Choosing the correct paint on a bird cage is critical. This is because if you choose the incorrect one then it can be toxic and harmful to your bird. Old and vintage cages sometimes need repainting and new cages (which are normally made of wrought iron) will also require a layer of paint. In this article we’ll show you how to paint a birdcage safely.
How to Safely Paint a Bird Cage
On the day of the painting, move the pet bird into a separate room. This’ll prevent any distractions and stop any paint from getting near the bird (which is especially the case when using a spray paint). Also, ensure you work in a well-ventilated area to avoid developing respiratory problems that may be brought about by dust and paint fumes. You can use a piece of clothing to cover your nose and mouth while working on the cage.
Selecting the preferred paint should be done early on to avoid rushing at the last minute and choosing something that is toxic. The things to consider here are color and materials inside of the paint. Color choice is a matter of individual taste and preference (although black is the standard), but when it comes to quality, you shouldn’t skimp on price as you need to think about the health of your bird.
According to the Earthsay website, the best paint for a bird cage should not contain zinc, lead, or chromate. Birds tend to peck at the bars of their cage, and so they might end up swallowing paint particles in the process. The substances mentioned above can have adverse effects on the bird if ingested and should, therefore, be avoided at all costs. It should also be made to bond well with metal surfaces and dry fast. If your knowledge of paints is limited, you can always ask for assistance from store attendees. Some recommended bird safe paints are listed below:
Recommended Bird Safe Paint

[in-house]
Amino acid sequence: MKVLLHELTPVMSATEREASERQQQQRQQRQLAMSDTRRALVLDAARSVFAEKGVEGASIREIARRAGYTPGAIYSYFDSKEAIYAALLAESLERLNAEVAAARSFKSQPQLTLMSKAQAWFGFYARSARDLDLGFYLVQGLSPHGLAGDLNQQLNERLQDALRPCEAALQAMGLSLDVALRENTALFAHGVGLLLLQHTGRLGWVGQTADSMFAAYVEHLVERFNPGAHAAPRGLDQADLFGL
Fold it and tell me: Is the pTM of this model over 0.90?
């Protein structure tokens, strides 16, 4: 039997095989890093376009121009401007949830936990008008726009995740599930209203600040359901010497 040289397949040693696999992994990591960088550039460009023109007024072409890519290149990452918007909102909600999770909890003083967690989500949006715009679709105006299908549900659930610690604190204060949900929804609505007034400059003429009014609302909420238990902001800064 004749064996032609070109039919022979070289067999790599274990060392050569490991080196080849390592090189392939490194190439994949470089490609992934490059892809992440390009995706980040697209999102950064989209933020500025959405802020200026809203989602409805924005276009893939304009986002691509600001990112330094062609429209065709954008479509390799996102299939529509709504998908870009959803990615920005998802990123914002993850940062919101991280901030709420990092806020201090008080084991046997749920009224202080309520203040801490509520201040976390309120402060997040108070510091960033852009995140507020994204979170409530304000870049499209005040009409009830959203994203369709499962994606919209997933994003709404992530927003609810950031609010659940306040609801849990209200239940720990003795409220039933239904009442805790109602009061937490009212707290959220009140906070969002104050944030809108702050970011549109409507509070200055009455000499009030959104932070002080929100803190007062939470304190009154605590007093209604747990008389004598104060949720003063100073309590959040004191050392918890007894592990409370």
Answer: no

- Renaissance Black Paint – Eco-friendly and non-toxic
- Renaissance Black Paint Starter Kit – (with x2 brushes and wax)
- ECOS gloss paint – eco-friendly and created to match the highest living standard.
Clean the Cage
The most important thing to do before getting started on the paintwork is cleaning the cage. Here, you will need a wire brush, sandpaper, and a damp cloth. Ensuring the cage is spotless is critical so this step should not be done hurriedly. If any dust or unwanted articles are left behind, the paint will not adhere correctly. Also according to Steve Hartman, failure to remove dirt and rust will result in the new paint chipping off.
Using the wire brush, you scrub the bars and wires of the cage to remove any flakes or unwanted materials. Follow this up with ensuring the rails or wires are smooth using sandpaper. Do not ignore any section as an uneven surface might harm your bird physically. The last step here is removing dust particles using a damp cloth.
Applying the Paint
It is advisable to use a smaller sized brush rather than a regular paint brush because of the rails size. They are small, so a regular brush might cause a big mess. First, apply a thin coat of primer and leave it to dry for about twenty-four hours. The primer’s job is to stick to the metal and allow the paint too easily settle on the cage, it can be the same paint you use for the second layer.
According to Adrienne Kruzer, paint can be drippy and messy, so it is advisable to apply thin coats. Be patient when doing this as you may need to apply two coats of paint. Once you are done with painting, you will have to give the cage a couple of days to dry completely.
Manufacturers usually indicate how long a given paint takes to dry, hence it is essential to read the instructions carefully. Most paints take five to seven days to cure solidly. During this period, you can warm up the cage in sunlight and the rays will speed up the drying process..
Using Spray Paint
You can opt to use spray paint rather than regular paint. You will, however, need to do more research on them as most spray paints are for commercial application and may not be safe to use at home. In such cases, you can always ask a store attendant to help you select the right one or give you more information regarding the various brands they have in stock. Some of the labels you want to look out for are:
- Non-toxic, eco-friendly
- Zero VOC emissions
- Conforms to CDPH 01350
- HPD – Or Health Product Declaration listed
Minimizing Paint Damage
Paint will eventually peel off due to time and other environmental factors, but a good paint job will last decades. To prevent paint from being chipped off by your bird you should provide plenty of perches and ladder for them to climb in the cage. They will create a space with a lot of distractions, and this will reduce the bird’s temptation to chew on the cage or use the bars to climb.
Bird cage toys will also help to keep your birds amused and distracted. These bird cage toys should be bought from special pet retailers and you shouldn’t use normal kids toys which won’t last very long with a parrot’s powerful beak.
After you have painted your bird cage and set everything up correctly, your bird cage paint will last for many years to come.